Solheim Cup star Madelene Sagstrom has revealed that she was sexually abused as a child.
The Swede shared details of the harrowing ordeal she was subjected to as a seven-year-old in a post on the LPGA website.
Sagstrom, now 28, revealed that she was abused by a male family friend at his home in her hometown of Enkoping, Sweden. Afterwards, she went home and spent the next 16 years trying to forget that it had happened.
"For years, I immersed myself in golf," wrote Sagstrom. "Golf became my saviour; I could lose myself in the game. And when I played well, I was okay.
"That became a pattern. If I could just play a little better, I thought I’d be happier. Then I carried it a step further. If I could just be a little skinnier, a little nicer, a little more likeable...
"What I didn’t realise is that I simply did not like who I was. I felt insecure - never thinking that I was worthy enough or good enough. I didn’t like who I saw in the mirror. I couldn’t even put body lotion on my legs because of how much I hated my body, hated myself, all because of what someone else did to me."
Sagstrom, a member of the European team that contested the 2017 Solheim Cup and the defending champion at this week's Gainbridge LPGA tournament, kept the abuse to herself until she joined the Symetra Tour in 2016.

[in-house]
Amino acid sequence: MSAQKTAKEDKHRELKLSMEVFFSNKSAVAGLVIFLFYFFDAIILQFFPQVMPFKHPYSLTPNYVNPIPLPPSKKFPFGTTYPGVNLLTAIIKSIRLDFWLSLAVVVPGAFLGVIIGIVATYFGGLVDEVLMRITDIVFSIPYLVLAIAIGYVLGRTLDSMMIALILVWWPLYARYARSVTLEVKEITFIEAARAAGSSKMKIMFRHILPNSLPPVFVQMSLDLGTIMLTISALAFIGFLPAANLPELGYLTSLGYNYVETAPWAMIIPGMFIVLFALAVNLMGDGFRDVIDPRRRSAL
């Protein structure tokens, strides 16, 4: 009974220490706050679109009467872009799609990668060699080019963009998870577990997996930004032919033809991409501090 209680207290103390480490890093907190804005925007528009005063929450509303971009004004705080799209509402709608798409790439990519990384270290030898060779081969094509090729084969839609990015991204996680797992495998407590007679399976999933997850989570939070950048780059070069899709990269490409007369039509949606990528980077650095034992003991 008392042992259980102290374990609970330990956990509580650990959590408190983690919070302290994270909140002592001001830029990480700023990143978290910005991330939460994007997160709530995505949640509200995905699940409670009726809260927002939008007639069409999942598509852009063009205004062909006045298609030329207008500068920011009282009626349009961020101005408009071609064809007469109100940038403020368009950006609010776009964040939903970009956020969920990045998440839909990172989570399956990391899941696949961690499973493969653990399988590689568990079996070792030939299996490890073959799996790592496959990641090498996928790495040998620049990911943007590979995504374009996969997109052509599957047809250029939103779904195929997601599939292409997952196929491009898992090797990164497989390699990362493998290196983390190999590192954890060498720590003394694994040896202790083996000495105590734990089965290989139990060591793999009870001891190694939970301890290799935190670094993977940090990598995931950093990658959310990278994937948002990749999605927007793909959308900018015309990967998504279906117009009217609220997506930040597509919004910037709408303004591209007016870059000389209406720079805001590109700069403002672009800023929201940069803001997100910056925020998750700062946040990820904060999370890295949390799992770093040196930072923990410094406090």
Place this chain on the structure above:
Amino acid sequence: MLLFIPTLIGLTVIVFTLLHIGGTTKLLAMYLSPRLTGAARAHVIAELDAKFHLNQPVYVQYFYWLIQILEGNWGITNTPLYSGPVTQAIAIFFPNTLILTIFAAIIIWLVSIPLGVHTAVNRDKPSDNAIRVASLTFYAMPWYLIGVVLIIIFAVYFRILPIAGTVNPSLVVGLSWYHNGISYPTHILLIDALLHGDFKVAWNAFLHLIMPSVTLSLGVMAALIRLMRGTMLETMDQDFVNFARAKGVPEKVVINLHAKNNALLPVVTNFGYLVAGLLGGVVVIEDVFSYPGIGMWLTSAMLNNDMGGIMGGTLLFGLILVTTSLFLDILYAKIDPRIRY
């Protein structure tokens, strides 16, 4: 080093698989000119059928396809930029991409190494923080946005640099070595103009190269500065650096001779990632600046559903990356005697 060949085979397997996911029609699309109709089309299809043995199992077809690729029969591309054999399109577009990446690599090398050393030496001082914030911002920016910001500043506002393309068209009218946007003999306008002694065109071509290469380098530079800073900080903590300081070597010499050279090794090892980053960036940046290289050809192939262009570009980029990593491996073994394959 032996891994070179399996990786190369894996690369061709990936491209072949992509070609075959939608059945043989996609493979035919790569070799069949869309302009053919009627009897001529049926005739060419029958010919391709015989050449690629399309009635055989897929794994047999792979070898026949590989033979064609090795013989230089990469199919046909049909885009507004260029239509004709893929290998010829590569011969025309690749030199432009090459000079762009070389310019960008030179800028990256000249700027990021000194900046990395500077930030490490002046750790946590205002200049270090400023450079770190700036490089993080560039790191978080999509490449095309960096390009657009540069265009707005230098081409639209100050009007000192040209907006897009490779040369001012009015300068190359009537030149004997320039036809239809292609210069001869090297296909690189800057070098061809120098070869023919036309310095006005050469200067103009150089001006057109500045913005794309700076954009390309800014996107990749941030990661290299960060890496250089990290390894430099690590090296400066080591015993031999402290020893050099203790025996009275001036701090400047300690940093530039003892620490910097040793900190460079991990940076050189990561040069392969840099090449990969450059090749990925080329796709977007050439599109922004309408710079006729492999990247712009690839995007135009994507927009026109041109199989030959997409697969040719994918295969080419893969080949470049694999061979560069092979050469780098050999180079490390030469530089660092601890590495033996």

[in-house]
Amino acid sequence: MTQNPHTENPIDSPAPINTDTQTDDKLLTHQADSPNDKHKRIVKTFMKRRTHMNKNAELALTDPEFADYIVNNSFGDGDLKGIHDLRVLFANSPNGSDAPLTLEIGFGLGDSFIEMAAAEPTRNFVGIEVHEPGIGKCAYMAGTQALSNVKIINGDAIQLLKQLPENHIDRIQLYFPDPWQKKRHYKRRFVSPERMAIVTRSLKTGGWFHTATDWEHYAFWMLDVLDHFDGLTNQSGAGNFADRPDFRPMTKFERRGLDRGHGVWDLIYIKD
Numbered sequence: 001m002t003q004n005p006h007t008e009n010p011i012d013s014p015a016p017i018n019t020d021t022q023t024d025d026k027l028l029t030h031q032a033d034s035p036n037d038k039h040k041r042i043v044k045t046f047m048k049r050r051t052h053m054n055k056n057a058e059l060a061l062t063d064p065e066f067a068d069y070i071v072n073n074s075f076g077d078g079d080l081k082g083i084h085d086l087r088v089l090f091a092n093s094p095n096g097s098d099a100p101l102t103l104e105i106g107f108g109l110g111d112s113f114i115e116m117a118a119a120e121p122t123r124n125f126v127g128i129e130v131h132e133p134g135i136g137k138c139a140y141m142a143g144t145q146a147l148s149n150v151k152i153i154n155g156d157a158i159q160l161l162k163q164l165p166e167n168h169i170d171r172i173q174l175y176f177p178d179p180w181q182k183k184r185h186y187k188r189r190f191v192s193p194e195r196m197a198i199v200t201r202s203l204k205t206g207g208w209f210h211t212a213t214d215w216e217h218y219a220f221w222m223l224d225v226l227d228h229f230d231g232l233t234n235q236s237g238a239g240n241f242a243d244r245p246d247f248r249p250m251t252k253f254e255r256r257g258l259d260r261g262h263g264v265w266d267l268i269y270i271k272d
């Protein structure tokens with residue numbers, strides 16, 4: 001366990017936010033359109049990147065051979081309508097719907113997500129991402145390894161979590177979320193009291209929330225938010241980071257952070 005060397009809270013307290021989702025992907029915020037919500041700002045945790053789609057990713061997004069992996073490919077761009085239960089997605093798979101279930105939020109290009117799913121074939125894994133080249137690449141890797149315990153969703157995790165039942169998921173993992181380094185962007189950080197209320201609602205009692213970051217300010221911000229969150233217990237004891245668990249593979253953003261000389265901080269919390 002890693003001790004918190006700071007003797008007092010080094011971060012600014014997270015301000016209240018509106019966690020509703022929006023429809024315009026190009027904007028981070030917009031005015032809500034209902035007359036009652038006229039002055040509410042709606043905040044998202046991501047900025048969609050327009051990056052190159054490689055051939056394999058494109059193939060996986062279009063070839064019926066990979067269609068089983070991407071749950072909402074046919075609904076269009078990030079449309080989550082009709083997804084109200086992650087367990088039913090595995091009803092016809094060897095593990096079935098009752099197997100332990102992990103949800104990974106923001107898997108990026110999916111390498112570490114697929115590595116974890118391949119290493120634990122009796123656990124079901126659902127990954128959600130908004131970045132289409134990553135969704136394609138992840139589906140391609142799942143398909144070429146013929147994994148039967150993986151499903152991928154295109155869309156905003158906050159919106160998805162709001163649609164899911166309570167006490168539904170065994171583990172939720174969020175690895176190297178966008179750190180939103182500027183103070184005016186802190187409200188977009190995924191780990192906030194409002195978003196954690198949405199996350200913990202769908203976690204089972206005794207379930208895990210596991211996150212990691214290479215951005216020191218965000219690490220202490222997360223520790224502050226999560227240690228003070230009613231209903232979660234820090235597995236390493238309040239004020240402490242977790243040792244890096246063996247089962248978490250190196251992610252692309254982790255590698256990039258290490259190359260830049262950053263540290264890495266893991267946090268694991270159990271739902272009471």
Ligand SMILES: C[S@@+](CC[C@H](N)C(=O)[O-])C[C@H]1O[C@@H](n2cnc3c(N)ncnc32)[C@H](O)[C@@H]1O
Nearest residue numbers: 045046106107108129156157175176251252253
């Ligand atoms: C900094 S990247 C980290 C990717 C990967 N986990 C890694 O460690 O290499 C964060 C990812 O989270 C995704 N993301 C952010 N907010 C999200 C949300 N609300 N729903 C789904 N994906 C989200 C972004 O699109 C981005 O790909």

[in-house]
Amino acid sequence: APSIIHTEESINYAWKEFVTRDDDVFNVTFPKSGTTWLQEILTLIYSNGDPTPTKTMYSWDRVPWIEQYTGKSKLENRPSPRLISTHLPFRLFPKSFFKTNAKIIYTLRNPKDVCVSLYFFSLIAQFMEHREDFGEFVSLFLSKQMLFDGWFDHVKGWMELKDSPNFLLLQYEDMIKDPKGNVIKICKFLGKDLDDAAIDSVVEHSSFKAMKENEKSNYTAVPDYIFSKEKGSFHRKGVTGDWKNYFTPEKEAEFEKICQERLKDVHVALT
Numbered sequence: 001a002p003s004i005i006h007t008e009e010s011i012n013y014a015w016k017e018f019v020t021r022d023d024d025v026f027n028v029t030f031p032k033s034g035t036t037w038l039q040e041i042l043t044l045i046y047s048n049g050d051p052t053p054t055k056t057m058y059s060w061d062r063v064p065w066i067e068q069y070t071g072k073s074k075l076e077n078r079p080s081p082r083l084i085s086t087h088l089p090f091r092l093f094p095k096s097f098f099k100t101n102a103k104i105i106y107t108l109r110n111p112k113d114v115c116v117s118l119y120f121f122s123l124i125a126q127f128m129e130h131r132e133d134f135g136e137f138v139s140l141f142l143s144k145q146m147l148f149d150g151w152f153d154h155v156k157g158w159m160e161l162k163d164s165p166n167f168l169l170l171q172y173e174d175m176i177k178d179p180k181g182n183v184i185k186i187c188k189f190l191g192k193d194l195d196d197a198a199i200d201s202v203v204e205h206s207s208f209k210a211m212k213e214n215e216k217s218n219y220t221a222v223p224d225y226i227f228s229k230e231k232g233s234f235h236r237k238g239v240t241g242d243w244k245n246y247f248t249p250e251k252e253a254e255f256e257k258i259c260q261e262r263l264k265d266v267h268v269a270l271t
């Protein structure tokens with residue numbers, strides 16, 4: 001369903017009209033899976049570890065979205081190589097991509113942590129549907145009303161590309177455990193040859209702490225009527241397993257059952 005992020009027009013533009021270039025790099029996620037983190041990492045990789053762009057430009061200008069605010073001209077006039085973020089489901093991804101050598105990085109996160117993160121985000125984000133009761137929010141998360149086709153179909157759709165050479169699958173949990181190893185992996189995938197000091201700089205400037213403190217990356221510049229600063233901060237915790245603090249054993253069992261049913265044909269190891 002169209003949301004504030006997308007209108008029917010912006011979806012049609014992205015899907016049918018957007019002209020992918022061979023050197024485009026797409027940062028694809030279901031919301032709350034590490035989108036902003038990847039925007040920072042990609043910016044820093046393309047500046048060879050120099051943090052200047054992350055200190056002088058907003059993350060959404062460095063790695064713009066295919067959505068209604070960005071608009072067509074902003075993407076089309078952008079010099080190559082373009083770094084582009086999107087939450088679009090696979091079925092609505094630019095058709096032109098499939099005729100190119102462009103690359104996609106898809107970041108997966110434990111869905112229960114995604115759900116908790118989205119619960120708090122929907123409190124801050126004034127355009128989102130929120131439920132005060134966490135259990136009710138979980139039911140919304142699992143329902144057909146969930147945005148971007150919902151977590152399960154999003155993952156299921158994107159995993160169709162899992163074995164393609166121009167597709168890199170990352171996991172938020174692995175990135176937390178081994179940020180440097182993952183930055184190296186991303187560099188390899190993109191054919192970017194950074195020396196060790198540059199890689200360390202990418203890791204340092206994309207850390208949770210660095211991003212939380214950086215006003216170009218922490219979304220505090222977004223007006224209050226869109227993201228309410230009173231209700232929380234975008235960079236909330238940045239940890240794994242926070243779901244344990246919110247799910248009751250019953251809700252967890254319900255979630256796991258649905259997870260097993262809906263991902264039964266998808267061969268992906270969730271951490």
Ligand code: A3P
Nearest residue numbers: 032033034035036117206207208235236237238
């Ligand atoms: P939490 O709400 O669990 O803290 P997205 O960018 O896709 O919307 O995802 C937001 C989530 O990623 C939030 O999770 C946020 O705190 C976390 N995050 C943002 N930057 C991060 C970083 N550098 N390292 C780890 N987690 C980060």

It was then that she summoned the strength to confide in fellow Swedish tour pro and mentor Robert Karlsson.
"Telling Robert was the biggest release I’ve ever had," she continued. "It made me feel free. It’s a big reason why I won three times in 2016 and earned my LPGA Tour card. I didn’t feel like I was hiding anymore. I felt like I could do whatever I wanted. I felt like I would be okay.
"Robert understood the pain that I’d been carrying for so many years. On the golf course, we experienced so many of the same thoughts. He knew where I was coming from as a player, so I felt really free to speak to him. He was my ally. He was someone I could trust 100% and provide the counsel and support I needed."
With Karlsson's support, Sagstrom told her parents of the abuse she had suffered.
"It was the start of a new chapter in my life, of me feeling okay just being me," she added. "The day I shared my secret, all my walls broke down. Everything I had built up for so many years fell to the ground.
"For so long, I never thought I’d tell anyone. It was going to be my secret forever. I’m so happy it’s not.
"Finding my voice and courage to share my experience has taken time. Survivorship is a continuous process. As a professional athlete, I have the visibility to make a difference and connect with others who may have experienced sexual abuse. If I touch one life by telling my story, it will all be worth it."
• If you or somebody you know has been affected by this story, call the 24-hour freephone National Domestic Abuse Helpline, run by Refuge, on 0808 2000 247. Alternatively, call the Rape Crisis national freephone helpline on 0808 802 9999.